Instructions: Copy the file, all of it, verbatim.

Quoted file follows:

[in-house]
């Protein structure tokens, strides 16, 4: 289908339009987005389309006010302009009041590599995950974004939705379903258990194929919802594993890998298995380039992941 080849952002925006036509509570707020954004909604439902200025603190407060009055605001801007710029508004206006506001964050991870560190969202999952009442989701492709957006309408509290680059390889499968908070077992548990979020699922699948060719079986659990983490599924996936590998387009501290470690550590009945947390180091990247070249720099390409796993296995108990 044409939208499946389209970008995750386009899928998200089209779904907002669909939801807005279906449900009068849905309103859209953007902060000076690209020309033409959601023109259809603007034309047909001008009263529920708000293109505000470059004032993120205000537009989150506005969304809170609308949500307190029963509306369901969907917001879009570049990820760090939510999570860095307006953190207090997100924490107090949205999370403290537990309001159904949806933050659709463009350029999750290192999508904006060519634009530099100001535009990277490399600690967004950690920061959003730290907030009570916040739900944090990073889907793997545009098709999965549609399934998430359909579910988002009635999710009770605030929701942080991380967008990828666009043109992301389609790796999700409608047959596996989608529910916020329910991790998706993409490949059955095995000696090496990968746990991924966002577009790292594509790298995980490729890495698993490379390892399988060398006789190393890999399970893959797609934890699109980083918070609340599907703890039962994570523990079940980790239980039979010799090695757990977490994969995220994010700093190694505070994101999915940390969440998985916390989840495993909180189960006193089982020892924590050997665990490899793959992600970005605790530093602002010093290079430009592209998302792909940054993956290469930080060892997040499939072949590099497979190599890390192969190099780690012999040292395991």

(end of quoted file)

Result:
[in-house]
């Protein structure tokens, strides 16, 4: 289908339009987005389309006010302009009041590599995950974004939705379903258990194929919802594993890998298995380039992941 080849952002925006036509509570707020954004909604439902200025603190407060009055605001801007710029508004206006506001964050991870560190969202999952009442989701492709957006309408509290680059390889499968908070077992548990979020699922699948060719079986659990983490599924996936590998387009501290470690550590009945947390180091990247070249720099390409796993296995108990 044409939208499946389209970008995750386009899928998200089209779904907002669909939801807005279906449900009068849905309103859209953007902060000076690209020309033409959601023109259809603007034309047909001008009263529920708000293109505000470059004032993120205000537009989150506005969304809170609308949500307190029963509306369901969907917001879009570049990820760090939510999570860095307006953190207090997100924490107090949205999370403290537990309001159904949806933050659709463009350029999750290192999508904006060519634009530099100001535009990277490399600690967004950690920061959003730290907030009570916040739900944090990073889907793997545009098709999965549609399934998430359909579910988002009635999710009770605030929701942080991380967008990828666009043109992301389609790796999700409608047959596996989608529910916020329910991790998706993409490949059955095995000696090496990968746990991924966002577009790292594509790298995980490729890495698993490379390892399988060398006789190393890999399970893959797609934890699109980083918070609340599907703890039962994570523990079940980790239980039979010799090695757990977490994969995220994010700093190694505070994101999915940390969440998985916390989840495993909180189960006193089982020892924590050997665990490899793959992600970005605790530093602002010093290079430009592209998302792909940054993956290469930080060892997040499939072949590099497979190599890390192969190099780690012999040292395991």